Understanding Flavor | Learning To Taste

In Uncategorized on February 13, 2010 at 12:34 am

TASTING. It is as natural as breathing. We don’t have to learn how to taste. It just happens.

Or does it?

As a physiological process, taste happens all on its own. We can enhance the intensity of the taste experience by slowly and mindfully chewing our food. Swishing food or drink around to coat the inside of the mouth increases our exposure to a broader spectrum of taste components. And taking in air and exhaling through the nose unlocks volatile aromatics that enhance the taste experience even more.

Inhaling the aroma of food or drink before tasting heightens our anticipation. Our mood and surroundings come into play. A catalog of memories built over a lifetime of tasting plays a key role in how we react to food. As with Anton Ego, the grim restaurant critic in Disney’s animated film Ratatouille, tapping into a long-buried food memory can deeply affect whether we love or despise a meal.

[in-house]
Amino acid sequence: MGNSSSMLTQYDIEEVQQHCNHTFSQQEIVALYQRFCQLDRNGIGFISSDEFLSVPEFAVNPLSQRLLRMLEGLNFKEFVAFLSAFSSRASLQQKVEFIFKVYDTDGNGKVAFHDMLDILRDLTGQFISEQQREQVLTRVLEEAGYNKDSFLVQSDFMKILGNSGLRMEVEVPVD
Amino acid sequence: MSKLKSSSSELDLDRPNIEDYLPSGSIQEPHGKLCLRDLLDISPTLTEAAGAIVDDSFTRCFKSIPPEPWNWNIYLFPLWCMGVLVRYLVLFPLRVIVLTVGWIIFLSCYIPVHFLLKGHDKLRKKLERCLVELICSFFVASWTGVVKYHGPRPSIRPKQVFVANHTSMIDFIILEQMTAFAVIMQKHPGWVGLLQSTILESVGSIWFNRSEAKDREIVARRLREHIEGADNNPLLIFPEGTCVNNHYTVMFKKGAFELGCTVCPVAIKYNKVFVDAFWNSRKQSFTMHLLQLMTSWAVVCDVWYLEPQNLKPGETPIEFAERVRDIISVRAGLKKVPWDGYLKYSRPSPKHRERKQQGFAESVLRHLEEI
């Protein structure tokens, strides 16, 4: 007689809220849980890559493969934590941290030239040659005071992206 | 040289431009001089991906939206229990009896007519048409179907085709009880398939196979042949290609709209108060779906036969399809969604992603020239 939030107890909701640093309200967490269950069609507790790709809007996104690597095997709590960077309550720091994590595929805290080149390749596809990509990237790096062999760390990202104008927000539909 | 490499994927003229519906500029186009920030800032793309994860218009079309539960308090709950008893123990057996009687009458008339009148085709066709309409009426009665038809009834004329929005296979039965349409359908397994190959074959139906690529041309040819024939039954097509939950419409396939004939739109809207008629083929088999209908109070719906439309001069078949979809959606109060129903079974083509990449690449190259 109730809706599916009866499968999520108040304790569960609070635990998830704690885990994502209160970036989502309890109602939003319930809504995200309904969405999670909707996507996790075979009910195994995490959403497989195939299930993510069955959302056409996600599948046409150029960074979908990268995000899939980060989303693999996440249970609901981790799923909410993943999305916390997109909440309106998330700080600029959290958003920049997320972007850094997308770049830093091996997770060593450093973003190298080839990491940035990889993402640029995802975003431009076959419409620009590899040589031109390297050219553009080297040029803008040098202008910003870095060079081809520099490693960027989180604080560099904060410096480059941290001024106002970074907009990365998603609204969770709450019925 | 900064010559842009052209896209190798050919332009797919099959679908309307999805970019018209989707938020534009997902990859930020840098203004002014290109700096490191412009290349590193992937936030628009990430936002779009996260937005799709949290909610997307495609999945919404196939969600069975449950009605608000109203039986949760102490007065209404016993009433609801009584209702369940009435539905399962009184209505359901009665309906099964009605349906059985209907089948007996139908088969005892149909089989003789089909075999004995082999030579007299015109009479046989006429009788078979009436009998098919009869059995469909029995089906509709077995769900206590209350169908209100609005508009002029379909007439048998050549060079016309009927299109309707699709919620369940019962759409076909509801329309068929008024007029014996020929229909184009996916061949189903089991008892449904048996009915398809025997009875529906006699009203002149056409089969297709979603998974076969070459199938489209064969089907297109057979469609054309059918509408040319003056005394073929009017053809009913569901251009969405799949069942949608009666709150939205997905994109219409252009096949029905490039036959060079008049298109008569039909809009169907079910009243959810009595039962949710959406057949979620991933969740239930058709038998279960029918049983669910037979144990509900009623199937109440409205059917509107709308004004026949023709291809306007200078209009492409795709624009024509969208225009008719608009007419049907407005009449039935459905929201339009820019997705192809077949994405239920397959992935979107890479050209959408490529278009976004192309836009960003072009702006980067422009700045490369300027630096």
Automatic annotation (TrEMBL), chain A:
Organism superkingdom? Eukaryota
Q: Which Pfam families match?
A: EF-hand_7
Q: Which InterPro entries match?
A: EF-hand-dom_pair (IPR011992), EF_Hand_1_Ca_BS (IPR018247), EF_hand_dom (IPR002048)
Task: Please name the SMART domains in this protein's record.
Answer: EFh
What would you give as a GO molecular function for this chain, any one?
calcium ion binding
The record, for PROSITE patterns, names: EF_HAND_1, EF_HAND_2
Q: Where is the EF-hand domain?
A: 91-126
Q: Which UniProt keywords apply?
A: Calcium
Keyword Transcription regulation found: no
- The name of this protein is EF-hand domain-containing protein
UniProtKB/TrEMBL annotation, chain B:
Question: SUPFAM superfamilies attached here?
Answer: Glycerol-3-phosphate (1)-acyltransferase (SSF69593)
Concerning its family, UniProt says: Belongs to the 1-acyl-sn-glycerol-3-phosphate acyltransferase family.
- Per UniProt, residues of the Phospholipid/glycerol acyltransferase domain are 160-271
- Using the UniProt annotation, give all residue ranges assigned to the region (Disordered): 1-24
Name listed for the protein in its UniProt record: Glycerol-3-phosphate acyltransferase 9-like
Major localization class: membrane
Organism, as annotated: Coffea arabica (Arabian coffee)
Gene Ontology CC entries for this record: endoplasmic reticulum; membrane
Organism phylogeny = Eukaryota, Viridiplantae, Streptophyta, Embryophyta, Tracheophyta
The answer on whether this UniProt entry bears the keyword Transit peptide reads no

When we try to describe the flavor of food, we enter into another level of experience. Finding the words to describe a taste or aroma can frustrate the novice taster. Take heart. With practice you can build a vocabulary and a level of attention that will increase your ability to perceive and recognize flavors.

via Understanding Flavor | Learning To Taste.


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